New Research Reveals Banning Email in the Workplace Wrong Approach to Email Overload

Etiquette Identified as Key to Improve Work-Life Balance, Productivity

CHICAGO, June 12, 2012 /PRNewswire-iReach/ -- A trend among global companies that eliminates or limits internal email to employees is a misguided strategy, based on research just released by The Grossman Group, a communications consultancy, and LCWA Research Group.


Results of the 2012 Work-Related Email Perception Study, "Enough Already! Stop Bad Email," show that while middle managers typically spend 2.5 weeks (100 hours) a year on irrelevant email, they don't want their ability to use email taken away or interrupted at any time of the day or night. They do, however, want policies that could help reduce the overwhelming volume of irrelevant email. Findings reveal:

  • Executives (84 percent), middle managers (83 percent), and employees (77 percent) overwhelmingly agree email is an effective and necessary communication tool.  
  • Only 8 percent of executives, 15 percent of middle managers, and 11 percent of employees said limiting email during normal business hours would be very effective.
  • Only 11 percent of executives, 20 percent of middle managers and 13 percent of employees said limiting email outside normal business hours would be very effective.
  • Only 3 percent of executives, 12 percent of middle managers, and 7 percent of employees said eliminating email outside normal business hours would be very effective.

"We've seen companies around the world experimenting with email black-outs or time-outs," said David Grossman, communication expert, author, founder and CEO, The Grossman Group. "However, our research reveals that's not the most effective approach. We know employees are overloaded by their inboxes and it's causing them stress, yet our research shows it's email misbehaviors that need to be addressed.

Respondents rated some reasons why they want flexibility to access work-related email after hours including:

  • Making sure nothing is missed (52 percent of middle managers, 51 percent of supervisors and 48 percent of employees)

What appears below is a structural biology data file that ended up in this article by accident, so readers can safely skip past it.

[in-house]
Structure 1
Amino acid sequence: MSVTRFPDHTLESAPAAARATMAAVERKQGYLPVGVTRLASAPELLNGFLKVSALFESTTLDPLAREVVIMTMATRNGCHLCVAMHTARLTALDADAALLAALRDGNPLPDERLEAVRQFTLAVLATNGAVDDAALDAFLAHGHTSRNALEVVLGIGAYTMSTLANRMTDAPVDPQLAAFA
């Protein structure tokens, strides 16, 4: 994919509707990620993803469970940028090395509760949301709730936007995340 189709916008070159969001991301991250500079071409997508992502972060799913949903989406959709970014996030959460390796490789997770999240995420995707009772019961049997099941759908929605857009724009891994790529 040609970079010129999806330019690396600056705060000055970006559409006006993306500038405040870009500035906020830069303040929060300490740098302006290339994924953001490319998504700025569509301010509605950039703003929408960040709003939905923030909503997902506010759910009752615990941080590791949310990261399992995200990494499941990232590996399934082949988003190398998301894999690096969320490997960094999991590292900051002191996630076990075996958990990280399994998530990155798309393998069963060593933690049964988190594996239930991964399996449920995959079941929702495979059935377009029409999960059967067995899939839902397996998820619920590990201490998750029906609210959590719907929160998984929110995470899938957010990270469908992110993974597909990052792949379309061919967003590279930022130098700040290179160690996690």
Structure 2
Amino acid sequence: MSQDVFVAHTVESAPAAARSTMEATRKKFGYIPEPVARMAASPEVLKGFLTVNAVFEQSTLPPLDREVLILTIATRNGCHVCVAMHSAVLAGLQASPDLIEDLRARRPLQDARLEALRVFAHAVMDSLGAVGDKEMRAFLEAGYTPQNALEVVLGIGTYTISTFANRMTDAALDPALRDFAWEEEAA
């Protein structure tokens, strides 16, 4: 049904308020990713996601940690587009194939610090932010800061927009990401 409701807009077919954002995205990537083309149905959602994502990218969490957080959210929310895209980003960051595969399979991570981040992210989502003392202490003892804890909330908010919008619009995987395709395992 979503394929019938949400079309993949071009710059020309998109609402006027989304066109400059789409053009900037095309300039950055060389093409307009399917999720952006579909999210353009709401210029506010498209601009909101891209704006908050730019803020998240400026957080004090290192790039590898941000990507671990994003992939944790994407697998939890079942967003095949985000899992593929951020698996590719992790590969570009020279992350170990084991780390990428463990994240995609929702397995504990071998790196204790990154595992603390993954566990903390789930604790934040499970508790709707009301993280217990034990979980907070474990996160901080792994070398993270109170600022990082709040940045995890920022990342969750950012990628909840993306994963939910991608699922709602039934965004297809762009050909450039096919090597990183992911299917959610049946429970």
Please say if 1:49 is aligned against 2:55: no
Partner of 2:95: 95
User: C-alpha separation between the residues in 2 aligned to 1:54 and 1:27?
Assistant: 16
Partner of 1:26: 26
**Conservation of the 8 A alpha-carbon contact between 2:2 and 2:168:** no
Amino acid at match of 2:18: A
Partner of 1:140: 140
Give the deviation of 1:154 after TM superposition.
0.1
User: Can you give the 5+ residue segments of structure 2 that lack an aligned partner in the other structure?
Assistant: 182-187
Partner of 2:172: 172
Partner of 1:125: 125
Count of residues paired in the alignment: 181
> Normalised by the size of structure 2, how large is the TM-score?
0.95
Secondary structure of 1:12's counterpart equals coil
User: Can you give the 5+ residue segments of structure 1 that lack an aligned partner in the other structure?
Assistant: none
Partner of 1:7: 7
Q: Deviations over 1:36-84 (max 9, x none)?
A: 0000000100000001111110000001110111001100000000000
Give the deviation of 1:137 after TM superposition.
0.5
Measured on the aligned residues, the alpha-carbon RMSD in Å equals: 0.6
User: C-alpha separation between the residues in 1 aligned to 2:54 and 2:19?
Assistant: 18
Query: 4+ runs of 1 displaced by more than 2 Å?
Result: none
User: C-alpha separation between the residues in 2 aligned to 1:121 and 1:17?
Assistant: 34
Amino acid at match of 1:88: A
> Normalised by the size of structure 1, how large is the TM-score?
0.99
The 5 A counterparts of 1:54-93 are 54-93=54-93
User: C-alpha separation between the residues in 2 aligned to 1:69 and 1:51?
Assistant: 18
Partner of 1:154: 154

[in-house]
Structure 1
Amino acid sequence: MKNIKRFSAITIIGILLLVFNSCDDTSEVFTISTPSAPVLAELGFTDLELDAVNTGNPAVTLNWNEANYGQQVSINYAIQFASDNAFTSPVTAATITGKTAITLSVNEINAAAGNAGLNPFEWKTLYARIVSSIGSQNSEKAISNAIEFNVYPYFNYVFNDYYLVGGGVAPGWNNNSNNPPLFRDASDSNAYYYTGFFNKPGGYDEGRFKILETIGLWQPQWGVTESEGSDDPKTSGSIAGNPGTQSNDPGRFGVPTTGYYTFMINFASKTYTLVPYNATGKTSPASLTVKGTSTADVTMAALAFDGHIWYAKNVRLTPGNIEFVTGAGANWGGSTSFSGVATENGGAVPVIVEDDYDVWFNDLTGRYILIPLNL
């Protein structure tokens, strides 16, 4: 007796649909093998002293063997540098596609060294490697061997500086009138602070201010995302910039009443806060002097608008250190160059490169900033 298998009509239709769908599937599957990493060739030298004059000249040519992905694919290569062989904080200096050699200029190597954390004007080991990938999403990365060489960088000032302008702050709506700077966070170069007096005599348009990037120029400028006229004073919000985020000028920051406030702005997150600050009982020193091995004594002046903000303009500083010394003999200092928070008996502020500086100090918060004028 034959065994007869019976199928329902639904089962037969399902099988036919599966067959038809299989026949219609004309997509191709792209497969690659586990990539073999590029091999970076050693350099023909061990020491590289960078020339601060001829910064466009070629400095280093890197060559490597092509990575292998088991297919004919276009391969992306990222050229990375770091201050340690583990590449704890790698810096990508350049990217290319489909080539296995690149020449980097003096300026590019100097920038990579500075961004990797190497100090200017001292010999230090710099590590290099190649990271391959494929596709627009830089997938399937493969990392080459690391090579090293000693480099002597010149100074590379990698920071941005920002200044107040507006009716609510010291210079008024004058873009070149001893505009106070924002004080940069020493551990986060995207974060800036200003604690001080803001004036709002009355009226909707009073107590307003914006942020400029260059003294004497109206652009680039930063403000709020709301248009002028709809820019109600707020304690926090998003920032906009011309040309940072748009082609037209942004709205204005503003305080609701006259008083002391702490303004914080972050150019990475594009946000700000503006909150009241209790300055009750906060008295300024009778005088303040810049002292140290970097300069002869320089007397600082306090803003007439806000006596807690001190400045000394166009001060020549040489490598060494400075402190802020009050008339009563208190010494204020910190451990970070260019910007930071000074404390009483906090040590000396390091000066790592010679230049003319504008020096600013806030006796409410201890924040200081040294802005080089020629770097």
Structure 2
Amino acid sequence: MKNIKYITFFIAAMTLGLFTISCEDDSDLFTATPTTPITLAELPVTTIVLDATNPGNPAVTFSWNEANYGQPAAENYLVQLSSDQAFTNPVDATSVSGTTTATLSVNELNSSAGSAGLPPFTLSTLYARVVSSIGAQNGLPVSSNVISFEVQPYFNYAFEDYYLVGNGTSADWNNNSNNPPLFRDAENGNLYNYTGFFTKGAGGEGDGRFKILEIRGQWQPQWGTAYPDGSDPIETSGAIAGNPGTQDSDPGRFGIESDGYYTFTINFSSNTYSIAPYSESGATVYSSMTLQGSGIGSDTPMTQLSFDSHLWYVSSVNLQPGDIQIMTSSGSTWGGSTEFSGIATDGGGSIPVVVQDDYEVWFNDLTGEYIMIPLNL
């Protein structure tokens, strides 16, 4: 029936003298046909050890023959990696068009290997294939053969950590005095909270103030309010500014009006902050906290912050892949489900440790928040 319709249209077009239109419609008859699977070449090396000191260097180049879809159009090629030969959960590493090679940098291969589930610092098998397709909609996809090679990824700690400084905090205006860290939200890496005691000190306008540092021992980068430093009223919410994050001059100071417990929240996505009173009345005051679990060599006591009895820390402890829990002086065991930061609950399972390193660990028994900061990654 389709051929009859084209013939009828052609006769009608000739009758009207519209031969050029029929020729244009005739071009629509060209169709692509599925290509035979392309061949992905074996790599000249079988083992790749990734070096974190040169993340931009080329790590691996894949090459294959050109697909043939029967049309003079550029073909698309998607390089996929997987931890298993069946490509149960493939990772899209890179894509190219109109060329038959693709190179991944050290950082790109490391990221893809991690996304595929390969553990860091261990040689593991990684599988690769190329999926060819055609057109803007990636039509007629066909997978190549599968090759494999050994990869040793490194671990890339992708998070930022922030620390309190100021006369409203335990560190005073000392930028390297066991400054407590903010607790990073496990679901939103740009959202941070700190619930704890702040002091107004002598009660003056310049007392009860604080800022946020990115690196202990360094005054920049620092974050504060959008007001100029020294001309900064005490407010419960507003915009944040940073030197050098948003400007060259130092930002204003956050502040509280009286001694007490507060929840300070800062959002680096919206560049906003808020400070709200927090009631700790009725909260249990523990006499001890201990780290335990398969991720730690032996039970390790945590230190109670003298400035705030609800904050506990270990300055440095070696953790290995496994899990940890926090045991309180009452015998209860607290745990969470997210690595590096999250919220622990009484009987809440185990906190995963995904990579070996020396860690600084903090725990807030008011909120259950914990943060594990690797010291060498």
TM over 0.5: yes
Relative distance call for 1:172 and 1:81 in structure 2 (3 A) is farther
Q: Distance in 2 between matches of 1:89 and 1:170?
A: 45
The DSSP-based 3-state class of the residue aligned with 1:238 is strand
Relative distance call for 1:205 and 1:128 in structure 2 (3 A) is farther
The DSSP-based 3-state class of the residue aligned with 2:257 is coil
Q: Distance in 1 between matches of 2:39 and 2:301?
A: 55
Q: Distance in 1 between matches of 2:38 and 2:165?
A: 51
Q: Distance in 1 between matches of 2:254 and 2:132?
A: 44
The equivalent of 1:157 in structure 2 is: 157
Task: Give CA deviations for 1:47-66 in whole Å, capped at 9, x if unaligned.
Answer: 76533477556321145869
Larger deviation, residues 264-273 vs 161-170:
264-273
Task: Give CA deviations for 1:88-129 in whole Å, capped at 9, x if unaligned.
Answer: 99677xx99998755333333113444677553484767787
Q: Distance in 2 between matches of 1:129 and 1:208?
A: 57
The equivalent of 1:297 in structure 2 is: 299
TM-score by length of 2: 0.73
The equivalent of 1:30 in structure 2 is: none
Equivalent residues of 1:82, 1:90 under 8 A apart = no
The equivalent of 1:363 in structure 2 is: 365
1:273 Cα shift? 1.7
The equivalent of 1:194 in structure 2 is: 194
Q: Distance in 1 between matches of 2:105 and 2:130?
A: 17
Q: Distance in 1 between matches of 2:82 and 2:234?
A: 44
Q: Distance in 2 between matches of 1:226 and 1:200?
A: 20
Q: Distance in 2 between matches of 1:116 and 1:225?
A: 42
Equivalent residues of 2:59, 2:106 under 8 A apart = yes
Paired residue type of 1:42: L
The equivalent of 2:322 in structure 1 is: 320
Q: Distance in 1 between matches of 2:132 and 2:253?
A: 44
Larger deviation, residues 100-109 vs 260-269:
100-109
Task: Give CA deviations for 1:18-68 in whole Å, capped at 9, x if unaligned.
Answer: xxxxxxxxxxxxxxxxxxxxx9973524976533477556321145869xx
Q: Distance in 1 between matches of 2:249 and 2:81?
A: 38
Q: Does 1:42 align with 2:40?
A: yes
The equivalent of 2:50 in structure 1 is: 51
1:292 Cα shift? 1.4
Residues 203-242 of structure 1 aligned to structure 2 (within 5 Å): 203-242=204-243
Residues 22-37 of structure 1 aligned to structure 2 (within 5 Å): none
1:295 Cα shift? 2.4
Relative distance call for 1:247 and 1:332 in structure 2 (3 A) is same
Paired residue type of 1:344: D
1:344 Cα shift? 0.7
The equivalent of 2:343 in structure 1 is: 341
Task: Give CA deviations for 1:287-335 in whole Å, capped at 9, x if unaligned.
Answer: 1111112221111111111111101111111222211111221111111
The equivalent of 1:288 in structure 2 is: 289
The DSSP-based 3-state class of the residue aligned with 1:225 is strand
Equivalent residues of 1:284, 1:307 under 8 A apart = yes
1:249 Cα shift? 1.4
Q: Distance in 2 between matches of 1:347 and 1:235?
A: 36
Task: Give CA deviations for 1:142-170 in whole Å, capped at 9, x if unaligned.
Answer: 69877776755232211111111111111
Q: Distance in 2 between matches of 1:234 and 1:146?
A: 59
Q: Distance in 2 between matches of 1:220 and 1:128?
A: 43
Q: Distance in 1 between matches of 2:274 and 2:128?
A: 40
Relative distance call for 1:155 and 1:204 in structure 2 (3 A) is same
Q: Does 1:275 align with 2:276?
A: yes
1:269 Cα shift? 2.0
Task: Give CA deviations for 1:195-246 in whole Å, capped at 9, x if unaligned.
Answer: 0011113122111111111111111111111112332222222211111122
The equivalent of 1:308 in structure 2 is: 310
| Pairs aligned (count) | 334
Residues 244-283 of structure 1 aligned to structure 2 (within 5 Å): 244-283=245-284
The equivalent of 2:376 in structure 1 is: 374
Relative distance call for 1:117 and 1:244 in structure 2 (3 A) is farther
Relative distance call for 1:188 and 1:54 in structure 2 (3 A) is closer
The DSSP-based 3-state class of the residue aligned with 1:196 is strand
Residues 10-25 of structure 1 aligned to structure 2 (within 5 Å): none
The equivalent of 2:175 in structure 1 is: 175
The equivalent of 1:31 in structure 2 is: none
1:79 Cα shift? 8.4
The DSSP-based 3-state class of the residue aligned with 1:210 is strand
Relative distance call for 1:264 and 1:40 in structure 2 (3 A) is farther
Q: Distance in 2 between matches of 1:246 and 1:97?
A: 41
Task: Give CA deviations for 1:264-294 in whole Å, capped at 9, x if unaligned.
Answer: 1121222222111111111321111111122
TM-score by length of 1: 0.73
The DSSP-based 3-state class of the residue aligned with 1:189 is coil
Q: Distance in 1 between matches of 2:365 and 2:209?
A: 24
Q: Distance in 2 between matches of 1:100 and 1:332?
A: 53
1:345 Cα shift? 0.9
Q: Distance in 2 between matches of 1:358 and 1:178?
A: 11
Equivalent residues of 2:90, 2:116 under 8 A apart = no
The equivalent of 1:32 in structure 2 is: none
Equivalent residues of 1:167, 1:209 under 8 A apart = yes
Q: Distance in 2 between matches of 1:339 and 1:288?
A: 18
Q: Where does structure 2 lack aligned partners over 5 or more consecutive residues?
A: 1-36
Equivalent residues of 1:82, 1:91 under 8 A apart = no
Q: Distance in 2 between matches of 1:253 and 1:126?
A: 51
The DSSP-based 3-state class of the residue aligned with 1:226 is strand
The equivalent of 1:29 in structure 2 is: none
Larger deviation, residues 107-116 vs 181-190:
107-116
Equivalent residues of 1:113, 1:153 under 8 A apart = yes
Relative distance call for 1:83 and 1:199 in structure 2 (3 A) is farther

• Preparing for the upcoming day (51 percent of middle managers, 45 percent of supervisors and 47 percent of employees)

"The goal of this research was to better understand how a cross-section of Corporate America feels about email in their workplace and how they use it," said Greg Gordon, senior vice president, research and strategy, LCWA Research Group.

While respondents said they don't want access to email interrupted, they do want policies that address the overwhelming volumes of irrelevant emails.

Sixty-one percent of executives and 55 percent of middle managers said that email policies would be very effective in their organization.

The web-based survey included 1,300 respondents comprised of corporate executives within Fortune 1,000 companies, middle managers, supervisors and non-supervising employees. For more information:

"Enough Already! Stop Bad Email": an executive summary of the 2012 Work-Related Email Perception Study findings.  

"Defrost the Frozen Middle": an info graphic discussing the cost of email and its affect on middle managers

"The Definitive Guide to Taming the Email Monster,": free ebook by David Grossman

About David Grossman and The Grossman Group

A leading consultant, speaker and author, David Grossman is one of America's foremost authorities on communication inside organizations and is founder and CEO of The Grossman Group (, an award-winning Chicago-based communications consultancy focusing on organizational consulting, strategic leadership development and internal communications for Fortune 500 clients. David's often quoted in media and provides expert commentary and analysis on employee and leadership issues. Most recently, he was featured on "NBC Nightly News" and in the Chicago Tribune. For David's full bio, visit

About LCWA Research Group

The LCWA Research Group is a division of L.C. Williams & Associates, a full-service public relations, research and communications services firm.  LCWA's research capabilities range from employee communication and engagement assessments to marketing and branding studies, consumer surveys and association member satisfaction and development studies. Among LCWA's proprietary research tools is its award-winning Internal Communication Climate Index™, which focuses on five critical dimensions of effective organizational communication: Mutual Purpose, Employee Advocacy, Information Flow, Senior Leadership and Direct Supervisor.

Media Contact:

Kayla Ellsworth The Grossman Group, 312.850.8211,

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SOURCE The Grossman Group



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